Without realizing it, we hold biases within ourselves about the value of the African gaze versus the non-African gaze. This is not an issue that is comfortable to talk about because none of us want to be accused of biases against our own people. To solve the clashing contradiction of our own thoughts, we engage in behavior that justifies our stance. Something else must be wrong. The media is not telling us anything. The award administrators are not working hard enough to publicize their award. Anything to satisfy the dissonance bothering our conscience. This is the result of years of colonialism spoken about in great talks, such as Chimamanda Ngozi Adichie’s Commonwealth speech that did not get quite as many “likes” or “shares” as her TED talk did.

The characteristics attributed to us (lazy, corrupt, hyper sexual, child-like minds, unable to feel pain or grieve) have seeped into our own perceptions and have given rise to the notion that non-African prizes awarded to African fiction imply that the work is superior. Without conscious thought, we have relegated the African to the last place, the last position.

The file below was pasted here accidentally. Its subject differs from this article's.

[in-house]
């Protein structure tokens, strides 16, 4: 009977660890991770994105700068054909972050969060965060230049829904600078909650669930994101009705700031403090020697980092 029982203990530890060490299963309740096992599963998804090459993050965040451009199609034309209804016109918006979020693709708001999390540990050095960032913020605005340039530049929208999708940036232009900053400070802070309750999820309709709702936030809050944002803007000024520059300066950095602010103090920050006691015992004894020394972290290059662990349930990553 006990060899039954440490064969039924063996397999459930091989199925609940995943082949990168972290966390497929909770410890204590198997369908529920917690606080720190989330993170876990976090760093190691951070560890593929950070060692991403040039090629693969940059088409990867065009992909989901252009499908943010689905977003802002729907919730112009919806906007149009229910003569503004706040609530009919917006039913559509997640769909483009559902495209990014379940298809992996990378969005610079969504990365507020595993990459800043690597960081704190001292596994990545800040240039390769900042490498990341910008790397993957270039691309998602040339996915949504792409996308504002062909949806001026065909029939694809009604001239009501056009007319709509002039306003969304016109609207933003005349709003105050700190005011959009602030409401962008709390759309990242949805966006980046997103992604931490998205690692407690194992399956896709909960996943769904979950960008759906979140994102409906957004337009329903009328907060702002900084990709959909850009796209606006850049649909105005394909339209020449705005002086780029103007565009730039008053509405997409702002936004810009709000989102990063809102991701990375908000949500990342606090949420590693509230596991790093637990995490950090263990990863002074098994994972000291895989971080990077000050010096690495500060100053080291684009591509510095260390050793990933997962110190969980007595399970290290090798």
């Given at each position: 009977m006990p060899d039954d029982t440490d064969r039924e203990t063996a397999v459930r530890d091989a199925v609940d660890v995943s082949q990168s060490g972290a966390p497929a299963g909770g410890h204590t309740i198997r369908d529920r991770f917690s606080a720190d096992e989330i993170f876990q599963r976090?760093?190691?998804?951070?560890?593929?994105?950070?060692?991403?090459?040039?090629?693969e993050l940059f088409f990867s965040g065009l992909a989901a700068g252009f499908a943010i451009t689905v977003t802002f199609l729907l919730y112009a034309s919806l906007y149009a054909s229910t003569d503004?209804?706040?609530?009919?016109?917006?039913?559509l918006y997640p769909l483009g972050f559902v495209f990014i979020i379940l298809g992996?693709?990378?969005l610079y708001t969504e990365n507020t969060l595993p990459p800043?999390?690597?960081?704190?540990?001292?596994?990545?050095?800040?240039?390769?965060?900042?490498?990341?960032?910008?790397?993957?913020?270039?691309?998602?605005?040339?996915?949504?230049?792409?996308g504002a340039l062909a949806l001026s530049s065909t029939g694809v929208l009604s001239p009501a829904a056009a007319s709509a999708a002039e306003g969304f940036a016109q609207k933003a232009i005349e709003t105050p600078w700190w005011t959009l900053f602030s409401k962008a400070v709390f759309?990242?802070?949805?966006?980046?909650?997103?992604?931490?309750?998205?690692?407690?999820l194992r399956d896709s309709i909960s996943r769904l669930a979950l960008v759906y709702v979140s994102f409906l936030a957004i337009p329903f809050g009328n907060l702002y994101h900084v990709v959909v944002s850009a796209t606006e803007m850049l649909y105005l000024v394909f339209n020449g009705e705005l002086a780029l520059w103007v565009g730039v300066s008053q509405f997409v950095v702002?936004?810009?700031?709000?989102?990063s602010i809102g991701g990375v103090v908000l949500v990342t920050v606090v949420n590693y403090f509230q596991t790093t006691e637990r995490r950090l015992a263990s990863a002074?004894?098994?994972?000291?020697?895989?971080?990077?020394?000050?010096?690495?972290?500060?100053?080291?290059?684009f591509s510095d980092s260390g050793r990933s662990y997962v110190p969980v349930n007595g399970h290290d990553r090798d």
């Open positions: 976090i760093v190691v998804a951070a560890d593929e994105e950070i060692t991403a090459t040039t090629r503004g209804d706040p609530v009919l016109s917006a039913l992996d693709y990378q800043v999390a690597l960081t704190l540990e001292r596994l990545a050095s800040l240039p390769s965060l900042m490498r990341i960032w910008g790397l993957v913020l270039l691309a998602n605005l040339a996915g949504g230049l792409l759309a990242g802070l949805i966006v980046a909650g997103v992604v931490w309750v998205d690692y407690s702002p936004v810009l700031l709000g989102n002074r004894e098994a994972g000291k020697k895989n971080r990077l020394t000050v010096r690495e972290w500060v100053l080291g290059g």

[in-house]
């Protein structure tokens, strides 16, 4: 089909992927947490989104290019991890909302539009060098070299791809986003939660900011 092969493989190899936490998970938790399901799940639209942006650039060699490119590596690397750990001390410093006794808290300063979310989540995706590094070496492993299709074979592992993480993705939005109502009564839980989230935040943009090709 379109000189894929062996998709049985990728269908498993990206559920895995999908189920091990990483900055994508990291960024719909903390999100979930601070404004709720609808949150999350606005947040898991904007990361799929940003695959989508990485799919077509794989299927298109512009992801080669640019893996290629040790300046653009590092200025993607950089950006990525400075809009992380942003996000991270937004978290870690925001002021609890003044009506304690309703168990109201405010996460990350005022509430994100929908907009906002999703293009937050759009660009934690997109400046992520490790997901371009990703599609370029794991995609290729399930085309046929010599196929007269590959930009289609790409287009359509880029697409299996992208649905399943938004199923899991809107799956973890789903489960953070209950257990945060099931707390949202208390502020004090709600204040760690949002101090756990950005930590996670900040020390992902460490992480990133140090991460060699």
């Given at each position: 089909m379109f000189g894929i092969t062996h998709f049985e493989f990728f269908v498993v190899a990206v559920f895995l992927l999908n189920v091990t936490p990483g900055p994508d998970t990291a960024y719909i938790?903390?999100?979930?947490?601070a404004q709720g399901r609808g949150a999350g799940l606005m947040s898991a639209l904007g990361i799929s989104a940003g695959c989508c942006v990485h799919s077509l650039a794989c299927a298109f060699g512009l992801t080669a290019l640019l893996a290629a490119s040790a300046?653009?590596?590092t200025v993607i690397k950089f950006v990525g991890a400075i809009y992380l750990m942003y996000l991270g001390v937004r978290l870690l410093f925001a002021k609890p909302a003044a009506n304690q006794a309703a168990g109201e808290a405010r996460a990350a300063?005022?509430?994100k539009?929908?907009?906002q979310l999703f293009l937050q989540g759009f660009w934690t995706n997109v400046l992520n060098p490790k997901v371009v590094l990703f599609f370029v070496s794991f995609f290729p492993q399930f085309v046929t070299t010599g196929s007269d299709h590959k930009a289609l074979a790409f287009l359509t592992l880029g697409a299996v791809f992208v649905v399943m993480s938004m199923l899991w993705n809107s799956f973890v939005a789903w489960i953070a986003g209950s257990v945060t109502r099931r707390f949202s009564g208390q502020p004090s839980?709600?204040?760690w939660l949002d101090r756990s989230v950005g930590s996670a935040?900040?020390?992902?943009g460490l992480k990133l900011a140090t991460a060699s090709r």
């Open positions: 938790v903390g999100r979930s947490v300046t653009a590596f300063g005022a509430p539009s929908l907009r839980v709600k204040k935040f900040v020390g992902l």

Healing must come from ourselves; recognition and acknowledgement that we have been affected by colonialism and colonialist thought. Then we must begin the tough journey of reclaiming pride in ourselves, in our ability to be equal players in a field previously dominated by others without the need to have them legitimize our work. We must value ourselves, our words, our culture, our humanity, and each other.

In order for us to provide our own legitimacy, create the market where African authors thrive, we (Africans) must acknowledge our own creators by providing them with the means to create more. This will be evident when bookstores in Africa finally stock literature from all African countries, when we are able to provide precursors to dreams for future generations and when the question about the Caine or Nobel or Commonwealth ceases to take prominence in our discussions.

In celebration of awards given by us, for us, here is a brief list of some of the African literary prizes awarded to African writers of literature.

 

About the Writer